Archaic Roman Religion: v. 2

Archaic Roman Religion: v. 2

By (author) Georges Dumezil , Translated by Philip Krapp

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When St. Paul and St. Peter reached Rome they encountered a state-sponsored religion that had been established for centuries. Amid the shrines and temples of Rome, the Romans sought to preserve and strengthen a religion especially suited to the ambitious city. But Roman religion had also proved permeable to many influences, from Greece, Egypt, Persia, and other parts of Italy. What then was truly Roman, and what had Romans done with their borrowings to stamp them with Roman character? By exhaustive study of texts, inscriptions, and archaeology of Roman sacred places, Dumezil traces the formation of archaic Roman religion from Indo-European sources through the development of the rites and beliefs of the Roman republic. He describes a religion that was not only influenced by the other religions with which it came into contact, but influenced them as well, in mutual efforts to distinguish one nation from another. Even so, certain continuities were sustained in order to achieve a religion that crossed generations and ways of life. The worship of certain gods became the special concerns of certain parts of society, all of which needed attention to assure Rome's success in war, civil administration, and the production of food and goods.

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  • Paperback | 321 pages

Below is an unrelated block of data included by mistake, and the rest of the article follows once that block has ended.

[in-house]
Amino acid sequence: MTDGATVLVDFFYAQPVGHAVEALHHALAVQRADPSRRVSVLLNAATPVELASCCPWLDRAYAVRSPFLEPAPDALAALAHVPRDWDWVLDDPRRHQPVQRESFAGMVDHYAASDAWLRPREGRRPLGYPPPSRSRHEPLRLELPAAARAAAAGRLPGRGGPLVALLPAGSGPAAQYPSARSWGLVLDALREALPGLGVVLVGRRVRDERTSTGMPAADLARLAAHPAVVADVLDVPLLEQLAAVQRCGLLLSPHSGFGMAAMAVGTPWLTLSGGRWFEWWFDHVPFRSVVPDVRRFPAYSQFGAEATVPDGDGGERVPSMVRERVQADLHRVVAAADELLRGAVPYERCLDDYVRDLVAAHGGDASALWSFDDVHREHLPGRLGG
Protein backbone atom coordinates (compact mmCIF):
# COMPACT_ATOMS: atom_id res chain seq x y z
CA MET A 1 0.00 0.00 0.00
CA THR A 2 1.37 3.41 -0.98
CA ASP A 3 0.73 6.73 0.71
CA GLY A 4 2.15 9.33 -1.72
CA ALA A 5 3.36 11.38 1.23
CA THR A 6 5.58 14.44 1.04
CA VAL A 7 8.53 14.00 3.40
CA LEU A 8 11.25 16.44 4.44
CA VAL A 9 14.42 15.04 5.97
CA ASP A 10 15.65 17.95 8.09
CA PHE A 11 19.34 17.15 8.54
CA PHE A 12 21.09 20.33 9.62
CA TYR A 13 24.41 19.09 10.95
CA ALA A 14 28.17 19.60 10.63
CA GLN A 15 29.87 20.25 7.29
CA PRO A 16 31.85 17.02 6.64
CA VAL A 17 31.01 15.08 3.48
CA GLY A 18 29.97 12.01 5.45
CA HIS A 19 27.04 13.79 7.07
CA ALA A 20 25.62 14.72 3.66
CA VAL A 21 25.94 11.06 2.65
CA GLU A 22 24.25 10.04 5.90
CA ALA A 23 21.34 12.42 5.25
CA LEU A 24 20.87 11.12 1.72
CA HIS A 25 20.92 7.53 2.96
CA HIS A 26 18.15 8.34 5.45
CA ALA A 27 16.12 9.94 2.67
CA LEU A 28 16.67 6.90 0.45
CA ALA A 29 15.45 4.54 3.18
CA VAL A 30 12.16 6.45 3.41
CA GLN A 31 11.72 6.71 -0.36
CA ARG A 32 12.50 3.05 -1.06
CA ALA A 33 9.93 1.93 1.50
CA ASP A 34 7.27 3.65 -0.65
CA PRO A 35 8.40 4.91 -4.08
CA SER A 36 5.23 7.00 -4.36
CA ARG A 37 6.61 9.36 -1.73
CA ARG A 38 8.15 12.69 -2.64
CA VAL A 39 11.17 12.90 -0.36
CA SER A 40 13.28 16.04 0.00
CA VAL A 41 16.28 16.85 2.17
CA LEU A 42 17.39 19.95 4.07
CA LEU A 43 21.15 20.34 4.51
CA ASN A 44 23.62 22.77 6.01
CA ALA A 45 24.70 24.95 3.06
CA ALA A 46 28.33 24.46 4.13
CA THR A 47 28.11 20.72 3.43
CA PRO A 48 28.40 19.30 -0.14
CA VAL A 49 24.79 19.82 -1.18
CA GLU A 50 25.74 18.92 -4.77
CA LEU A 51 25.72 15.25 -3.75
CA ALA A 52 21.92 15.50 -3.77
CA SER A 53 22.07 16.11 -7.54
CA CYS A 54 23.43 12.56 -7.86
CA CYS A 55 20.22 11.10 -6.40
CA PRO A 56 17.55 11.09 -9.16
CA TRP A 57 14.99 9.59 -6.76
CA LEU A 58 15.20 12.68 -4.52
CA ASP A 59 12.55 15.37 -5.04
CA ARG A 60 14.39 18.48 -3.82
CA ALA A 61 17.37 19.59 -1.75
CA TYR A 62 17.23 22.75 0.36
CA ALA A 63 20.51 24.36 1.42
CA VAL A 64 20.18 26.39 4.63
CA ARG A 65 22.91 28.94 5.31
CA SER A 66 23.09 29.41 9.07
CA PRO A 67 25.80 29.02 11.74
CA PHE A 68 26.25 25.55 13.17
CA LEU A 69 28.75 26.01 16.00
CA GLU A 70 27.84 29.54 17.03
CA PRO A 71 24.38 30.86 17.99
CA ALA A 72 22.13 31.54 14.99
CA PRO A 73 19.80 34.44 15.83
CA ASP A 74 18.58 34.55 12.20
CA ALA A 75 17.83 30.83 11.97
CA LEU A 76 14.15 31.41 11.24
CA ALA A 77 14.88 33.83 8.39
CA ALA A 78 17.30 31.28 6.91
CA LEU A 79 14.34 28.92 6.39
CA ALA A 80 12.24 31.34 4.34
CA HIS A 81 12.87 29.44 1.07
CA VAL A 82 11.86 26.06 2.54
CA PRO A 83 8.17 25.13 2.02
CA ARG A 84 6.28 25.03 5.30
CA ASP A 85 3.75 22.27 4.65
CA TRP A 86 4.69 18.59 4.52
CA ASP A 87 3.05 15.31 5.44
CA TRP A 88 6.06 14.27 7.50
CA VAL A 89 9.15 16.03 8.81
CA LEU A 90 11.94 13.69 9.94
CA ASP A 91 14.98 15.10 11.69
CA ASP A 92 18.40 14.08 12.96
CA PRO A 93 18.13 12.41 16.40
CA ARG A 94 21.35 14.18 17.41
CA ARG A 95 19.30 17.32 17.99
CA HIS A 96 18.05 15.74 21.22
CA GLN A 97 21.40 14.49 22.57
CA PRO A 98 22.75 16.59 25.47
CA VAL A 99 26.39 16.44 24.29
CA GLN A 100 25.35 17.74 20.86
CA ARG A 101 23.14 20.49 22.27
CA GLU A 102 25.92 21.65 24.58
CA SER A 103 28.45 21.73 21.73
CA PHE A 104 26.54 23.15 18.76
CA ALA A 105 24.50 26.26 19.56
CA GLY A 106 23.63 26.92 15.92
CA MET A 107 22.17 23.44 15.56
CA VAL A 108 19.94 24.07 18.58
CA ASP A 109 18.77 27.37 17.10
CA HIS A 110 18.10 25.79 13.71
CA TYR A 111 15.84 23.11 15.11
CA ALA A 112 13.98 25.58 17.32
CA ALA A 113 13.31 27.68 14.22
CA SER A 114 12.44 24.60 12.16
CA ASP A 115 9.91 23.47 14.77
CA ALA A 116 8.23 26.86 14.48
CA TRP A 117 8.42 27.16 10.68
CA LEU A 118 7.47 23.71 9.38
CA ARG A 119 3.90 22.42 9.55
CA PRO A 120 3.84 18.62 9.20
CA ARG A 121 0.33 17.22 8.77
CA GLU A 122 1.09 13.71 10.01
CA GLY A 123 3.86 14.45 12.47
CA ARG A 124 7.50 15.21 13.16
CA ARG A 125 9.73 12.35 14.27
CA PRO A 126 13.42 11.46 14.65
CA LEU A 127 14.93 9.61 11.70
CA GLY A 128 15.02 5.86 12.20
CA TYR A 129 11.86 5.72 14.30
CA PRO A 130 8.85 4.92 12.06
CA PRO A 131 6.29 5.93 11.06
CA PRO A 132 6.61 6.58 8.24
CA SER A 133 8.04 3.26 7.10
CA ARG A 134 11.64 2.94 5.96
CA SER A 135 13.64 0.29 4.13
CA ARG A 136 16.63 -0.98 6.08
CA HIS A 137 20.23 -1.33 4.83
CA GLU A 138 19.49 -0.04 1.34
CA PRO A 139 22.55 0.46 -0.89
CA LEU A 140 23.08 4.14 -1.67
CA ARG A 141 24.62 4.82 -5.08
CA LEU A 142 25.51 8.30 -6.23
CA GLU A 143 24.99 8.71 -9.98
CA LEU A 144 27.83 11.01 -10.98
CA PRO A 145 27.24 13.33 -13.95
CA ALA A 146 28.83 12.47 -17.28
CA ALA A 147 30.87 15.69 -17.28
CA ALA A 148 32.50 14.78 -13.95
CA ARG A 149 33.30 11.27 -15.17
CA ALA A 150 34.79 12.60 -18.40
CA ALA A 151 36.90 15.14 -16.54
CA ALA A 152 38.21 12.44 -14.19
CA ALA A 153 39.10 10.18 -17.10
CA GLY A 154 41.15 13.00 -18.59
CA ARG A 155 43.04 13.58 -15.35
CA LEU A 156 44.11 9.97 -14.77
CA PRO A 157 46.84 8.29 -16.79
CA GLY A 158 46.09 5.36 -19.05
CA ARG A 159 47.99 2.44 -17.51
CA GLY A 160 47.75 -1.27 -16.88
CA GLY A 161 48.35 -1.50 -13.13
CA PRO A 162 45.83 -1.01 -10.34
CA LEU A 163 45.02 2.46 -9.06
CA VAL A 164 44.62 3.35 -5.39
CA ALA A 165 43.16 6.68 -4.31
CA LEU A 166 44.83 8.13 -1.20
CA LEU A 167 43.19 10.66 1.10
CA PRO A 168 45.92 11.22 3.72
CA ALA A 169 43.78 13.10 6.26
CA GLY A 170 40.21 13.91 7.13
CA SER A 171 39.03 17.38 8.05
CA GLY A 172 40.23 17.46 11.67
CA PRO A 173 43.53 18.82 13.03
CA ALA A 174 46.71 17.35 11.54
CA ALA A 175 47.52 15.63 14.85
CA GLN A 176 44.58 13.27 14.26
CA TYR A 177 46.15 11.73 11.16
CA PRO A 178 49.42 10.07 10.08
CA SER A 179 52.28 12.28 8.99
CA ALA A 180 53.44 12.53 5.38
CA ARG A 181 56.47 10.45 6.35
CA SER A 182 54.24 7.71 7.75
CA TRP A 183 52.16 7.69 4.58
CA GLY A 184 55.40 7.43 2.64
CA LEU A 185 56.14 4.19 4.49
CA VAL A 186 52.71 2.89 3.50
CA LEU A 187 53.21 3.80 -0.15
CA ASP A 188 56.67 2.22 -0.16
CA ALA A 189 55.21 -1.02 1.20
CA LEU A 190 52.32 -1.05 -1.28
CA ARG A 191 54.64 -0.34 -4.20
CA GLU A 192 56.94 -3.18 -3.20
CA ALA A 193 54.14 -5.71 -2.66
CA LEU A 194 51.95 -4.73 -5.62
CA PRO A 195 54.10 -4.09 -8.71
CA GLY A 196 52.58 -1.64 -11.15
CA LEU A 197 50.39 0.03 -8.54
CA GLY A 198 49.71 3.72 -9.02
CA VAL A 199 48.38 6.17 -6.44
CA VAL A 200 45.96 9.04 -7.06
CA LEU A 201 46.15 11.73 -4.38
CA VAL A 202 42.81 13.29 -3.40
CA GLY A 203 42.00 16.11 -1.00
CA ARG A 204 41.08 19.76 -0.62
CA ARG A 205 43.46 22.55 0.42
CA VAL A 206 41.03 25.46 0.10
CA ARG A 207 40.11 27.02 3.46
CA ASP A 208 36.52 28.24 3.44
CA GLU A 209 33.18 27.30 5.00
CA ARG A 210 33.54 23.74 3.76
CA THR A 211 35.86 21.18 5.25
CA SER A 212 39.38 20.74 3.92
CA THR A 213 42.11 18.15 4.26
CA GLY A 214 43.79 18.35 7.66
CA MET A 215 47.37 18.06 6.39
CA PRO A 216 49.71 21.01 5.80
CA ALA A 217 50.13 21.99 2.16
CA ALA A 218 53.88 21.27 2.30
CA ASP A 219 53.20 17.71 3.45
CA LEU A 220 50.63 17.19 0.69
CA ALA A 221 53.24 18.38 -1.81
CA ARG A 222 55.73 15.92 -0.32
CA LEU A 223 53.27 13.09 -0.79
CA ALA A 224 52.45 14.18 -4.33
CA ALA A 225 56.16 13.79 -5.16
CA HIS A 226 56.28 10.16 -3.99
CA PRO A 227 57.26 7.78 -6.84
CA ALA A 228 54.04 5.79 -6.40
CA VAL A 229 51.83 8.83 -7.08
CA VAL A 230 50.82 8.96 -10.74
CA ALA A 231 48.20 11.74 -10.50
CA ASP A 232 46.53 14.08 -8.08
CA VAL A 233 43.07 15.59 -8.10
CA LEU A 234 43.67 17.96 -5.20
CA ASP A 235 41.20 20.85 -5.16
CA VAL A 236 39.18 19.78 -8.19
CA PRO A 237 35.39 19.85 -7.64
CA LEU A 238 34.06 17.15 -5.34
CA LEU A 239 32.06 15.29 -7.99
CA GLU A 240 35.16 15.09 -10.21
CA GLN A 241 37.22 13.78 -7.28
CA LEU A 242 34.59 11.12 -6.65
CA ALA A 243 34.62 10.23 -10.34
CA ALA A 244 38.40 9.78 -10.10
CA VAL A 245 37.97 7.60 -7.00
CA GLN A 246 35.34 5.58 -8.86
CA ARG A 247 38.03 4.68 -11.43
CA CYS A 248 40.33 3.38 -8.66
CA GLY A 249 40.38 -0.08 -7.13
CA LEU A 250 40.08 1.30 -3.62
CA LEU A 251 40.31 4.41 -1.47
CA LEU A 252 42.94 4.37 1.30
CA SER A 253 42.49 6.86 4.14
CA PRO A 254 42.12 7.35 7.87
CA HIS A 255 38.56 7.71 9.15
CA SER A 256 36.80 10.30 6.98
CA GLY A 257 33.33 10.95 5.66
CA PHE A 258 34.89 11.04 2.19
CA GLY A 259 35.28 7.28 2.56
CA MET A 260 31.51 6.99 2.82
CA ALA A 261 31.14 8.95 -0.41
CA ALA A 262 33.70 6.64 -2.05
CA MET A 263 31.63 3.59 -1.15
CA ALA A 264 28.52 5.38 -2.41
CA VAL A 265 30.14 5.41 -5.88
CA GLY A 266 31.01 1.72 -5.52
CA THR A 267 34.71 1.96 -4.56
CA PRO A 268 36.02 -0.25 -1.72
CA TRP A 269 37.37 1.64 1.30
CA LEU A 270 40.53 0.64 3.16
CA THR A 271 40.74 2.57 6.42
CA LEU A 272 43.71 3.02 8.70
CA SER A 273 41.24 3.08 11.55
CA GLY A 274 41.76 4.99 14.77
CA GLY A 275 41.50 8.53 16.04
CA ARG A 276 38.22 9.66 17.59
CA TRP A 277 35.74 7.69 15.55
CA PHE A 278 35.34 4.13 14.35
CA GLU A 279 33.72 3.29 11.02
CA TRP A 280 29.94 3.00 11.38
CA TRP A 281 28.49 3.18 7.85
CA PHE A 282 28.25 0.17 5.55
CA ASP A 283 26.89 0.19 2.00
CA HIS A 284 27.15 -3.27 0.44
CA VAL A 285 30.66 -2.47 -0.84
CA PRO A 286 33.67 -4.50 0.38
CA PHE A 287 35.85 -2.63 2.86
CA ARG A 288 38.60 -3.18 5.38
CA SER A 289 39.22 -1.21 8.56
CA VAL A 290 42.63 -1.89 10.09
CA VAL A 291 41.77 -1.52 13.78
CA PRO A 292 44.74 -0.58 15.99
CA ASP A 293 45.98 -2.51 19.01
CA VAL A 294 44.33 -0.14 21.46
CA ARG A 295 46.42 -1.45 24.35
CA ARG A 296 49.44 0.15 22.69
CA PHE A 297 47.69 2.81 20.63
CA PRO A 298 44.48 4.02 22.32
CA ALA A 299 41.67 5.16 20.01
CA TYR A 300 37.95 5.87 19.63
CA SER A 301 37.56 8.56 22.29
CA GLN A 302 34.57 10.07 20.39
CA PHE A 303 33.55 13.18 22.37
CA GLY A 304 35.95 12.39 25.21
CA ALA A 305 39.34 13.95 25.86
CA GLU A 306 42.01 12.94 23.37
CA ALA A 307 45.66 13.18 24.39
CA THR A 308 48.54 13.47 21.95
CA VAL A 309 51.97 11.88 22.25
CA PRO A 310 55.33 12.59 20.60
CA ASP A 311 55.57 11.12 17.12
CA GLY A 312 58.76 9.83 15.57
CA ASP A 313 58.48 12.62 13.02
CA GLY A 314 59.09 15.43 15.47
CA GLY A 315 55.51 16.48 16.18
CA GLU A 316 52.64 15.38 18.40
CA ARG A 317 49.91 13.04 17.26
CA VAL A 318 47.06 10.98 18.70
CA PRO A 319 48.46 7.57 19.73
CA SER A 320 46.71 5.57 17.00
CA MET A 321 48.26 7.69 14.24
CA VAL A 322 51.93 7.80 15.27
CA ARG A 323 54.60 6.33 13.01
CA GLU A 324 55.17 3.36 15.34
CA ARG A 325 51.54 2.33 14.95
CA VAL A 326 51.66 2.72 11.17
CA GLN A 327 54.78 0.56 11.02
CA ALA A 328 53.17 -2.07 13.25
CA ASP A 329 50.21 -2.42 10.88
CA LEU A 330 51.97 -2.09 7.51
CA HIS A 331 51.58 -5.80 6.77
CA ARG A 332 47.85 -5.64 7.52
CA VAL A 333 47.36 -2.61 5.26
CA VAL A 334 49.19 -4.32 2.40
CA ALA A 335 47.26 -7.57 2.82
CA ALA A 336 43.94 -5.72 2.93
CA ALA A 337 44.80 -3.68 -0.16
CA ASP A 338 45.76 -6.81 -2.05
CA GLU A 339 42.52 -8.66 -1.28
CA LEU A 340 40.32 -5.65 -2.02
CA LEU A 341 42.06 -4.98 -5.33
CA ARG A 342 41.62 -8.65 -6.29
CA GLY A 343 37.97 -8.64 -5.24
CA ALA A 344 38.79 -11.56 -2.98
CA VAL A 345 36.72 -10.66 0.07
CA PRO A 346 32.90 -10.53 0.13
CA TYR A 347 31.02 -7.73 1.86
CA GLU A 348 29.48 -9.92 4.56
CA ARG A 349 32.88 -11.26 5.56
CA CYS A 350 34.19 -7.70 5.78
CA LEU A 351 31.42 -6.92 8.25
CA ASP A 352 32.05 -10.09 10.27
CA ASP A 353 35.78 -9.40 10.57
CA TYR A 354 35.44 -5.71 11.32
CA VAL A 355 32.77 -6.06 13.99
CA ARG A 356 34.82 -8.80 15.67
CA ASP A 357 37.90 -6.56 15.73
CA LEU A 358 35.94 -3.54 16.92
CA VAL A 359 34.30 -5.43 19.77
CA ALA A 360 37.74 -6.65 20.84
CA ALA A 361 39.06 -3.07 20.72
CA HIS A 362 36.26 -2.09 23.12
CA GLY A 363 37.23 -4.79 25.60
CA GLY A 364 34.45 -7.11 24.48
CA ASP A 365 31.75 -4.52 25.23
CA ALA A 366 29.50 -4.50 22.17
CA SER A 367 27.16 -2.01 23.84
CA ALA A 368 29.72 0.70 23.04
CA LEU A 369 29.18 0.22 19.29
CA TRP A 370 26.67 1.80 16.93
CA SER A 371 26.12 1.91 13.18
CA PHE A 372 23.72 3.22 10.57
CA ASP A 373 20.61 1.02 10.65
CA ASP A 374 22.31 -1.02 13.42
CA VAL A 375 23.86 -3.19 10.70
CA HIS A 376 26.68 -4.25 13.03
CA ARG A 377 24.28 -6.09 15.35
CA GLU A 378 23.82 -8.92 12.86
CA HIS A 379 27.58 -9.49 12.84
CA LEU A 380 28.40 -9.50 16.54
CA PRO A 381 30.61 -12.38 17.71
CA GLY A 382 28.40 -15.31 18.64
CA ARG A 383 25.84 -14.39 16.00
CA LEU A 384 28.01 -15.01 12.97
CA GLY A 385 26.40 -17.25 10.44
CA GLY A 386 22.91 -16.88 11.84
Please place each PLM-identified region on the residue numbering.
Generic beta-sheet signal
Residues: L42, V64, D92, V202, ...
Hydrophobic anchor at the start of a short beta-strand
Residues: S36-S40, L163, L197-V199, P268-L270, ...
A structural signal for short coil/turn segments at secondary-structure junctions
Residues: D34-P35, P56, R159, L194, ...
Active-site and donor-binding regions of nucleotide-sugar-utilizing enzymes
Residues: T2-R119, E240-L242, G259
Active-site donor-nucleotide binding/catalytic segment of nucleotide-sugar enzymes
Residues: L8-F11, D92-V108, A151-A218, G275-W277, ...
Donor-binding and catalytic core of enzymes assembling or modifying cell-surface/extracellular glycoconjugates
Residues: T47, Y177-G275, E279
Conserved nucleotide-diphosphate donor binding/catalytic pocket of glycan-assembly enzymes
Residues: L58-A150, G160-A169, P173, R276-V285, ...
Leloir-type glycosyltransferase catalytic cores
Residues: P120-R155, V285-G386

• 152 x 230 x 24mm | 498.95g
  • 05 Dec 1996
  • JOHNS HOPKINS UNIVERSITY PRESS
  • Baltimore, MD
  • English
  • Revised.
  • 0801854814
  • 9780801854811
  • 1,410,052

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Author Information

Georges Dumezil, author of more than thirty books and hundreds of research articles, many of which are widely translated, was one the most productive and provocative scholars of modern comparative religion for more than half a century. Among his other works are Destiny of a King, Destiny of the Warrior, Gods of the Ancient Northmen, and Plight of a Sorcerer.

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Review quote

Among the foremost scholarly achievements of our time. New Comparative Mythology A valuable permanent addition to the lore of myth and the stories of divinities. Christian Century

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Back cover copy

By exhaustive study of texts, inscriptions, and sacred places, Georges Dumezil traces the formation of archaic Roman religion from Indo-European sources through the development of the rites of the Roman republic. He describes a system of beliefs that not only was influenced by other religions with which it came into contact but that influenced them as well.

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